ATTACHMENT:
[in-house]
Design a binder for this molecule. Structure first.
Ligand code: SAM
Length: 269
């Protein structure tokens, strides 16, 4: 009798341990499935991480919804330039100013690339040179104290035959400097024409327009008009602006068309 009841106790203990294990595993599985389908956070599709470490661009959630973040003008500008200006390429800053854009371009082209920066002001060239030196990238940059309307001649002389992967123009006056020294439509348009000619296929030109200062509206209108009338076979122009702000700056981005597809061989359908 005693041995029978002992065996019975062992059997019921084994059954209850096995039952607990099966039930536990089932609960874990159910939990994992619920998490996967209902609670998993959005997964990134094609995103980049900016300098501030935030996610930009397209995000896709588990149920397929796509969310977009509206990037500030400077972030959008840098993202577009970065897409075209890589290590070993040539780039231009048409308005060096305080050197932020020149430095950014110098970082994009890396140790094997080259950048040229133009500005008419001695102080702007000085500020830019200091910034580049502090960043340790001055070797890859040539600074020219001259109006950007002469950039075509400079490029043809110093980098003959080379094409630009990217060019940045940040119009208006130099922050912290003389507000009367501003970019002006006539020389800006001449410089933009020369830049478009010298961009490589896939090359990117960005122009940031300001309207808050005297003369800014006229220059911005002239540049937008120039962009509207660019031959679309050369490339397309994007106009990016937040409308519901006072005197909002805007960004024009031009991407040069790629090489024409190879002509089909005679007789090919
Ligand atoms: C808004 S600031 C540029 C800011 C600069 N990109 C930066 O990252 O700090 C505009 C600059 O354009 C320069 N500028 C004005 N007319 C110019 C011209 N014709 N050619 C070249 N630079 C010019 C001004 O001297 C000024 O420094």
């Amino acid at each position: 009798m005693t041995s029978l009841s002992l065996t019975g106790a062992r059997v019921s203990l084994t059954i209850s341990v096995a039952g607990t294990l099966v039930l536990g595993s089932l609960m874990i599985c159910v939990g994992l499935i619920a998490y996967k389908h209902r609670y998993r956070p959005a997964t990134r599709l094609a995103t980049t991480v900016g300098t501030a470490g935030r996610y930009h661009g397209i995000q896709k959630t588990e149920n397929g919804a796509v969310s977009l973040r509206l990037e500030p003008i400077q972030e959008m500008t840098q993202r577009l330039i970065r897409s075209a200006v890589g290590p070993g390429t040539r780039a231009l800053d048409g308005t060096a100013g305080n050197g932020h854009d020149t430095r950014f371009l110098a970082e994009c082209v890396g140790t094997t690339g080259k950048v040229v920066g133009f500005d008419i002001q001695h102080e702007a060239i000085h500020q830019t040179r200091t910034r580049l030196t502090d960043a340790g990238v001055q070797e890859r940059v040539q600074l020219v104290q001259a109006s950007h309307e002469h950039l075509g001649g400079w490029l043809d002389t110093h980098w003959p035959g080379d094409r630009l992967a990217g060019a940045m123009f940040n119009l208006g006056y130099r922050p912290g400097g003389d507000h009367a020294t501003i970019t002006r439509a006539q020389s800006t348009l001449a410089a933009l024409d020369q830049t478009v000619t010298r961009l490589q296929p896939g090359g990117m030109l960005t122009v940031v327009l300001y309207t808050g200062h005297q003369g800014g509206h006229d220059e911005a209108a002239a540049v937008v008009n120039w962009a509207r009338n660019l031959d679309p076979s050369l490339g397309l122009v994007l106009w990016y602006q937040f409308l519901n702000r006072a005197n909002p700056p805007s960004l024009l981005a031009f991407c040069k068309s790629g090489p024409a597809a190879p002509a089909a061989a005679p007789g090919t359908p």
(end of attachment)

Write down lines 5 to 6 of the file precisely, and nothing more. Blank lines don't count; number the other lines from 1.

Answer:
């Protein structure tokens, strides 16, 4: 009798341990499935991480919804330039100013690339040179104290035959400097024409327009008009602006068309 009841106790203990294990595993599985389908956070599709470490661009959630973040003008500008200006390429800053854009371009082209920066002001060239030196990238940059309307001649002389992967123009006056020294439509348009000619296929030109200062509206209108009338076979122009702000700056981005597809061989359908 005693041995029978002992065996019975062992059997019921084994059954209850096995039952607990099966039930536990089932609960874990159910939990994992619920998490996967209902609670998993959005997964990134094609995103980049900016300098501030935030996610930009397209995000896709588990149920397929796509969310977009509206990037500030400077972030959008840098993202577009970065897409075209890589290590070993040539780039231009048409308005060096305080050197932020020149430095950014110098970082994009890396140790094997080259950048040229133009500005008419001695102080702007000085500020830019200091910034580049502090960043340790001055070797890859040539600074020219001259109006950007002469950039075509400079490029043809110093980098003959080379094409630009990217060019940045940040119009208006130099922050912290003389507000009367501003970019002006006539020389800006001449410089933009020369830049478009010298961009490589896939090359990117960005122009940031300001309207808050005297003369800014006229220059911005002239540049937008120039962009509207660019031959679309050369490339397309994007106009990016937040409308519901006072005197909002805007960004024009031009991407040069790629090489024409190879002509089909005679007789090919
Ligand atoms: C808004 S600031 C540029 C800011 C600069 N990109 C930066 O990252 O700090 C505009 C600059 O354009 C320069 N500028 C004005 N007319 C110019 C011209 N014709 N050619 C070249 N630079 C010019 C001004 O001297 C000024 O420094």